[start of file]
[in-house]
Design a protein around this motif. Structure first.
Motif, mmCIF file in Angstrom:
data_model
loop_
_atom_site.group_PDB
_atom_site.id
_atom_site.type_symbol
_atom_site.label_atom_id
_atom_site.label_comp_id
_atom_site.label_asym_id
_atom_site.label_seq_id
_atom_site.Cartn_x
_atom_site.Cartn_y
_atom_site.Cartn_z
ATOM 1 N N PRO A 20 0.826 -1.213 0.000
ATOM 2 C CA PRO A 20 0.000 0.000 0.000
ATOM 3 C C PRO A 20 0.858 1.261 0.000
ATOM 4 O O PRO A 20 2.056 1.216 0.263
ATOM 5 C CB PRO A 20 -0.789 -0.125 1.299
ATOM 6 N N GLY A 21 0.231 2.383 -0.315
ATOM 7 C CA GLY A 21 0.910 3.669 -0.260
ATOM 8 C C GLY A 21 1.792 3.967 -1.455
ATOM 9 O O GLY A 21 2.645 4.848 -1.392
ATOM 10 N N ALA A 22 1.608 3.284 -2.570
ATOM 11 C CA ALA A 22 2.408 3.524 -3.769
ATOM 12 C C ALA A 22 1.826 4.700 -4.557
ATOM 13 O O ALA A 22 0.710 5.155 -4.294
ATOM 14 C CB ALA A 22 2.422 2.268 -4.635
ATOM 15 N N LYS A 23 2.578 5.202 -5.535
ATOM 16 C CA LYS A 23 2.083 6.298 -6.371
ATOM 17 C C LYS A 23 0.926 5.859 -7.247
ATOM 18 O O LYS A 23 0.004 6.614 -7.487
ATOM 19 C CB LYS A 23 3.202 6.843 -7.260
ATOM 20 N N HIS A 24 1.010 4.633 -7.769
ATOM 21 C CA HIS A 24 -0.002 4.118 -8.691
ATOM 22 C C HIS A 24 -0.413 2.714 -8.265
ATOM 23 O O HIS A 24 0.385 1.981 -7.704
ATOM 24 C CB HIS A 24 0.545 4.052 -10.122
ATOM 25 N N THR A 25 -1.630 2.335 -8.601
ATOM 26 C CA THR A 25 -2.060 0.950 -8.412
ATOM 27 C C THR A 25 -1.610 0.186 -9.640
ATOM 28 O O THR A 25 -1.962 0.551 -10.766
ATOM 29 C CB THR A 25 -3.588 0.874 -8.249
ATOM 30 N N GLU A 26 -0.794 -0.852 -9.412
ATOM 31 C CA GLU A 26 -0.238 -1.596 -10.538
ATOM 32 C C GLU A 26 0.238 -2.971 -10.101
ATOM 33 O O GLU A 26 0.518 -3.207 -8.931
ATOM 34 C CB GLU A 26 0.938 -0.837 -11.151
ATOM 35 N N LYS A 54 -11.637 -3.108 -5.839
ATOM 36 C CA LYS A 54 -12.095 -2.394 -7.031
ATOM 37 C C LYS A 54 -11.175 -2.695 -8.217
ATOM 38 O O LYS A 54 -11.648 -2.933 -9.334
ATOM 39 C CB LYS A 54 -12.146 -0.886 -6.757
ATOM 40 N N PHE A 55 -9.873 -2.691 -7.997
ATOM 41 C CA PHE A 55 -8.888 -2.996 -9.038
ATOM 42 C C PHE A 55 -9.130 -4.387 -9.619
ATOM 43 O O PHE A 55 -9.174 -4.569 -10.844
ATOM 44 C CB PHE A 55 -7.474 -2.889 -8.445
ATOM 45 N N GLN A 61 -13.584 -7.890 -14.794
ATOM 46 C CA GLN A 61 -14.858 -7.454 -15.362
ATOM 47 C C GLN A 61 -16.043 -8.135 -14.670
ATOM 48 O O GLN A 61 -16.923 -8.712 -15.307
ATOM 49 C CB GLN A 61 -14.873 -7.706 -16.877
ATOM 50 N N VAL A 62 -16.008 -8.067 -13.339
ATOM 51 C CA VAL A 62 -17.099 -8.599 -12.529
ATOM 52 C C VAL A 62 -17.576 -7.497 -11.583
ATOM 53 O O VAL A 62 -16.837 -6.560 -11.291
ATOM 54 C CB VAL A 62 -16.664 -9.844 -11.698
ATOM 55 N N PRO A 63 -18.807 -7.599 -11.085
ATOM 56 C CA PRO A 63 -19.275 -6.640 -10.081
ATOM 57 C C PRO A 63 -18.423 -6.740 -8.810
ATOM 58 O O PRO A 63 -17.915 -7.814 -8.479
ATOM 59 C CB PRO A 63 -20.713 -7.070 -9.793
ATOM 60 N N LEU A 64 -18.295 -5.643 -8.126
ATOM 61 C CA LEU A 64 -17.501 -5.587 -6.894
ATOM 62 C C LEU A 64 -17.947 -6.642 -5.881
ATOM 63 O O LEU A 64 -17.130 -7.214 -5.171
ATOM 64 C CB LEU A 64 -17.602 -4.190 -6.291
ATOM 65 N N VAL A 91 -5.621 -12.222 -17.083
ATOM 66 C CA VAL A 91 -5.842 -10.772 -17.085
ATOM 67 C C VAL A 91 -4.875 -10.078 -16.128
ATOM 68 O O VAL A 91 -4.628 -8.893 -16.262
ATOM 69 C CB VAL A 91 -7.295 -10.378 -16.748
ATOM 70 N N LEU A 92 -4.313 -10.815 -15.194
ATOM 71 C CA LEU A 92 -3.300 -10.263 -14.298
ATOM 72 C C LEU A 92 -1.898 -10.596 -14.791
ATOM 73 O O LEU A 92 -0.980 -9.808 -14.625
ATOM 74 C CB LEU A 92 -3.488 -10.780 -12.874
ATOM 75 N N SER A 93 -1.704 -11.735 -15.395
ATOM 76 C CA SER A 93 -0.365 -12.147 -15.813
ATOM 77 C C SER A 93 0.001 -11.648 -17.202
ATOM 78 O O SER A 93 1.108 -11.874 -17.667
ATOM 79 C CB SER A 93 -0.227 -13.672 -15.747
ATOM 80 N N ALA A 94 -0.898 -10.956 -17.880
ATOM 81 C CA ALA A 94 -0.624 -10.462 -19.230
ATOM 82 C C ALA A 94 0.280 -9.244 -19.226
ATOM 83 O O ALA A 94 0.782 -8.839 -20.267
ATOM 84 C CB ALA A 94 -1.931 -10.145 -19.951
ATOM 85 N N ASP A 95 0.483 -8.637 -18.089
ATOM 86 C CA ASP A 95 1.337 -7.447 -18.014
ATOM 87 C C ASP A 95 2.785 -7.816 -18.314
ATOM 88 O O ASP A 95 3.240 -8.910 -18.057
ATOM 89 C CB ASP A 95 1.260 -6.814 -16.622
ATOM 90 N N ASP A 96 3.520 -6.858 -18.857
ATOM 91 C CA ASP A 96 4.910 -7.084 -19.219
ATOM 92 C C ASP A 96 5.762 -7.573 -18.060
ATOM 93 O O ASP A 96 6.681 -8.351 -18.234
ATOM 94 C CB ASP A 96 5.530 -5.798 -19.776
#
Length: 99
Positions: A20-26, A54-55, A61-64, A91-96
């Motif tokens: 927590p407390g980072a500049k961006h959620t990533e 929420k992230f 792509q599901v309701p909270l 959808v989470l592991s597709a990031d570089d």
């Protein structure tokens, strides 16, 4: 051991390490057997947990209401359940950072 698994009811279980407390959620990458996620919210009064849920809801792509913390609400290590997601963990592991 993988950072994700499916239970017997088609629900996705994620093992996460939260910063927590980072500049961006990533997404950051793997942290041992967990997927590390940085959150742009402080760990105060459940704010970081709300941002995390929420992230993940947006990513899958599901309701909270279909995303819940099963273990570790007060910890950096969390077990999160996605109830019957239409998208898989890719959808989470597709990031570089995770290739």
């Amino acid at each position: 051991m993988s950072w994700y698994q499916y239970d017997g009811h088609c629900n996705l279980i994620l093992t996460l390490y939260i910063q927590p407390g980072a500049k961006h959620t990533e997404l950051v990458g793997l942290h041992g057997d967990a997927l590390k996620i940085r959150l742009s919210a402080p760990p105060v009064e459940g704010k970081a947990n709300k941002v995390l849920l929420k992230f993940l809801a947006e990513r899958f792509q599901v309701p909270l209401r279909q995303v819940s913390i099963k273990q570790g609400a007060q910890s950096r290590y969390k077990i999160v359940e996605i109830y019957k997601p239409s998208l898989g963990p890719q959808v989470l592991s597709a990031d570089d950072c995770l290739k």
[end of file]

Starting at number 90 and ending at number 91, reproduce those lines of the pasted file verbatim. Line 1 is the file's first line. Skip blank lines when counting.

ATOM 75 N N SER A 93 -1.704 -11.735 -15.395
ATOM 76 C CA SER A 93 -0.365 -12.147 -15.813